The simple statement challenged years of movement messaging that insists women in those cases are actually victims who need to be protected from predatory providers, not perpetrators themselves.
Trump's impeccable reputation for misogyny has been well earned over a lifetime of viciousness toward women. But, ironically, his comment, made in an interview with MSNBC’s Chris Matthews -- which seems to be closer to his real opinion than his clumsy recanting hours later -- inadvertently expresses more respect for women and their capacity for decision-making than the alternative position taken by anti-abortion groups, who insist patients would face no legal repercussions if abortion was illegal because they inevitably would have been coerced into it by outside forces. Both positions, of course, are designed to restrict reproductive freedom, but among the two, at least Trump, to his credit, was suggesting that women are independent thinking people with their own agency, and as such should be held accountable for their decisions.
The Huffington Post interviewed Eric Scheidler, the executive director of the Pro-Life Action League, about Trump’s comments on Thursday, and asked if he was concerned that Trump, of all people, seemed to be the relative feminist in the situation. “I am concerned about that," Scheidler acknowledged. "He's a strange source for a statement on behalf of women’s co-equality with men."
In the interview, he inched closer to Trump's position. "I’m not saying that every woman who walks into an abortion clinic is deluded and being lied to and a fool," he said. Scheidler had previously put out a statement saying that "women suffer from abortion" and "are lied to by the abortion industry," and women "turn to them in desperation.”
Characterizing abortion patients as victims preyed upon by providers ignores the reality that women often take matters into their own hands and order medication abortion pills online to self-induce. In such a case, there are no doctors to prosecute as the patient and the abortion provider are one and the same. And women have indeed been prosecuted for doing so in the U.S., despite what you may have thought after the outrage at Trump's position. (For more information about these cases, read this story about Pennsylvania’s prosecution of Jennifer Whalen by The New York Times’ Emily Bazelon and this story about Indiana’s prosecution of Purvi Patel by MSNBC’s Irin Carmon.)
HuffPost asked Scheidler what happens when there’s no doctor in the mix if abortion was illegal. Scheidler argued “there needs to be some sort of legal intervention,” suggesting perhaps a social worker could meet with the woman.
I don’t think jail time makes a lot of sense, because it will disincentivize women getting the medical care they need, if something goes wrong with that self-induced abortion, which after all is how we know about these few cases that have been prosecuted.
We don’t want a situation in which people aren’t seeking medical care and then another person dies, because life is precious. But maybe some other kind of intervention could be had, a social worker coming in to help the woman deal with whatever problems she has in her life, maybe some kind of state oversight of her situation, some mandatory education, something along the way that would be helping her. Because at the end of the day we’re trying to help women not to make that choice, to deal with that choice if they’ve made it, and to protect unborn children from having their lives destroyed and that always has to be our goal, not vengeance, not punitive action.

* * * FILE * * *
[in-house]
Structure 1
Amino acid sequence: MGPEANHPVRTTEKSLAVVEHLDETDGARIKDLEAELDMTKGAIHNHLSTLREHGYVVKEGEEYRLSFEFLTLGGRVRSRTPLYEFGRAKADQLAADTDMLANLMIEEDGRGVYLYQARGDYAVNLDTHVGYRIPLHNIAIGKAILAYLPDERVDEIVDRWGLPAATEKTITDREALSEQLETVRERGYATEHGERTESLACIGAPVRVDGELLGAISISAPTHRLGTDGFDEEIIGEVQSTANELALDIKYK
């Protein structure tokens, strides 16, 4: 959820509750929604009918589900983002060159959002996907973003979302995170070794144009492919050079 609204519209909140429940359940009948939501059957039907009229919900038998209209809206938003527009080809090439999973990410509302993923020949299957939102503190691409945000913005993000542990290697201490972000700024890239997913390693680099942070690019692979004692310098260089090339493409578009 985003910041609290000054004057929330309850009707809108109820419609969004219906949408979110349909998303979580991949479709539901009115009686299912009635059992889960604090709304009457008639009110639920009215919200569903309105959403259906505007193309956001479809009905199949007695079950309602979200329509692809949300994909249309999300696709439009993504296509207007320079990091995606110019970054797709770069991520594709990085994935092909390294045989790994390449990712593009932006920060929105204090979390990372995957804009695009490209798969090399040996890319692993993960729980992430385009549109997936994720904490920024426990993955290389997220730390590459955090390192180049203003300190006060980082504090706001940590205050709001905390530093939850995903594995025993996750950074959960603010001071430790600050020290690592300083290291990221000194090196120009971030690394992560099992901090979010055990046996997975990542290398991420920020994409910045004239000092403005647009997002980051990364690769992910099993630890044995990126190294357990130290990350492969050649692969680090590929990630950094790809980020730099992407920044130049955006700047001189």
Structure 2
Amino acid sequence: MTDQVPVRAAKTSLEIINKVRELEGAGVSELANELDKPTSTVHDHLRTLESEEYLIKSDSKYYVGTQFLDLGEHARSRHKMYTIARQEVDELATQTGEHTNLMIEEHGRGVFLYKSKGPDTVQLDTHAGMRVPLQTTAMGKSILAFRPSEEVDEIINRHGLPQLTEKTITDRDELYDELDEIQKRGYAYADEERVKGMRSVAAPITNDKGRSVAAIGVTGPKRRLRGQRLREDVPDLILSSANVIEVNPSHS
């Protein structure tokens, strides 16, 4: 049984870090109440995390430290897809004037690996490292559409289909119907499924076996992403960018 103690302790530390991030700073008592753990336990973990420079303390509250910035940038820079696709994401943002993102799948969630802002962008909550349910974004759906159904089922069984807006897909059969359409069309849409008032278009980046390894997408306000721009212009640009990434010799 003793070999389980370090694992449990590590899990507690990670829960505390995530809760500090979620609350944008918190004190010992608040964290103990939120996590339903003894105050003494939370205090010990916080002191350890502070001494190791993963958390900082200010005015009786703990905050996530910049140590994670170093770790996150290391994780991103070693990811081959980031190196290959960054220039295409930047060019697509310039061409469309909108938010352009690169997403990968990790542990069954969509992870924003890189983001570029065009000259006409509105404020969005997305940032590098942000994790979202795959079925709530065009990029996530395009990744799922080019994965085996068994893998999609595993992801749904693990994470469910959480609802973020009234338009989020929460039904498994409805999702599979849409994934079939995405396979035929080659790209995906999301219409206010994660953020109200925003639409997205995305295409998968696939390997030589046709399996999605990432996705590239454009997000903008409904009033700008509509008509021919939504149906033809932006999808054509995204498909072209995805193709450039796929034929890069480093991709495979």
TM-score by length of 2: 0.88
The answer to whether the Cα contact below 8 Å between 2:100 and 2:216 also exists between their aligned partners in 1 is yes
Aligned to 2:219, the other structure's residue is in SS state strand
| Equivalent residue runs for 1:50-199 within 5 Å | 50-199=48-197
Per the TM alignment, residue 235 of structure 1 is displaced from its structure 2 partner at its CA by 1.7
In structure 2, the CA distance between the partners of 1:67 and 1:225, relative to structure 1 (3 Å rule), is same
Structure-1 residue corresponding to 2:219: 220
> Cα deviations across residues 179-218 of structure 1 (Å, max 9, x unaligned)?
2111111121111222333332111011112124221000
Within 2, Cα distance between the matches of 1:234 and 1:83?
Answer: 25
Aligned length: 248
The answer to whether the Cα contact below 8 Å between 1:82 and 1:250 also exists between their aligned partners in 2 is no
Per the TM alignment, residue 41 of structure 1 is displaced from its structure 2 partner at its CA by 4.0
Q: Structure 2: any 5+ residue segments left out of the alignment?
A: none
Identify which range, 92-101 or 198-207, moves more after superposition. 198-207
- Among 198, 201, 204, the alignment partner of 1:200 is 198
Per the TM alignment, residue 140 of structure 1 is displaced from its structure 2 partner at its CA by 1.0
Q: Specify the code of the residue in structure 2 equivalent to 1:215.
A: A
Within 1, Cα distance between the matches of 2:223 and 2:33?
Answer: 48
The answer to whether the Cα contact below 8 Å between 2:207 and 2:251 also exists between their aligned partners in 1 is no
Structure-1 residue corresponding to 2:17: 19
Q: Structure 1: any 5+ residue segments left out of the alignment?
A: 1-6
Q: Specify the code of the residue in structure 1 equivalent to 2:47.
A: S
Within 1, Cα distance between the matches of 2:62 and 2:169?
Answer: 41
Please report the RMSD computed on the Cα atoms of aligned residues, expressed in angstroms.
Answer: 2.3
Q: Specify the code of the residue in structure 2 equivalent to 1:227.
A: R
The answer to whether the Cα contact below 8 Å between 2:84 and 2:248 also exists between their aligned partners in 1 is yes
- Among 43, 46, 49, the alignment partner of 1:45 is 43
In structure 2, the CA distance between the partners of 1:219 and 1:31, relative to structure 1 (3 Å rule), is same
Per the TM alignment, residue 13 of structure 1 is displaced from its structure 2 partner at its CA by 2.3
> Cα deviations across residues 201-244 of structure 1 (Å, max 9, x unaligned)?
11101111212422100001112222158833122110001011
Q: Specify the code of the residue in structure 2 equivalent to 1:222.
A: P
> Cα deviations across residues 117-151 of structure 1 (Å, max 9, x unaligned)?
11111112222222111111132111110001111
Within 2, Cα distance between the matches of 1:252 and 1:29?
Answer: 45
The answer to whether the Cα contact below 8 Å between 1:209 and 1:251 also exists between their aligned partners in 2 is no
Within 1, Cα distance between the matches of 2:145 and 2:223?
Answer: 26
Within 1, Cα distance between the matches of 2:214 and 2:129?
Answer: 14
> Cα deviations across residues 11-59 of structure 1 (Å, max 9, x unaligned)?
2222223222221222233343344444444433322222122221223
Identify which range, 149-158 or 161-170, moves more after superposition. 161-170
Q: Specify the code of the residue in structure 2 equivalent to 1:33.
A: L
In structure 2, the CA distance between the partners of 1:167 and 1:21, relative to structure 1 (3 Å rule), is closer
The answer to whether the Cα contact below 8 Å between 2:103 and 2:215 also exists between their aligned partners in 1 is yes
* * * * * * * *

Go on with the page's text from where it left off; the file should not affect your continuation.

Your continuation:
Scheidler’s right that criminalizing abortion will “disincentivize women getting the medical care they need,” since abortion is medical care. But we don’t even have to imagine what that world would look like, since we already saw it in Tennessee, where a soon-to-be-defunct law allowing women to be charged with assault if they use narcotics while pregnant led women to avoid seeking prenatal care out of fear of being prosecuted.
But Scheidler and the movement's argument about regret -- though 95 percent of women don’t regret their abortion -- also raises thorny questions. HuffPost noted to Scheidler that most people who commit murder feel remorse over what they've done, either immediately after or for years to come, or both. But society still punishes them, so why should women be treated differently?
Pragmatically, Scheidler said, there's really no other choice.
There’s really nothing like the relationship between a mother and her unborn child ... who is directly threatening your perception of your well-being in a way that no other person ever really could. It’s a really unusual relationship.
The woman is unlikely to have more than one or two abortions in her whole life, the abortionist is going to be doing abortions as his profession, even if it’s a criminal profession on the side, it’s going to be having much more of an impact, so it makes logical sense, if your goal is to save children from abortions, not to go after the woman but to go after the doctor. And the principal witness against him is going to be the woman.
Ultimately, said Scheidler, the world he's talking about is a far different one from today's. Abortions will be illegal, meaning that by definition any woman trying to get one will be in some sort of desperate situation.
"In a world in which abortion were illegal, in which the social and political climate enabled that type of a law to exist and be accepted by a majority of the people," he said, "in that world there’s going to be an element of desperation and coercion, whether by another person or by circumstances of life, to any illegal abortion."
It's a neat trick: by creating horrible, back-alley conditions that threaten the lives of women who seek unsafe abortions, the movement can then say, well, any woman who'd seek an abortion in such a situation must be crazy.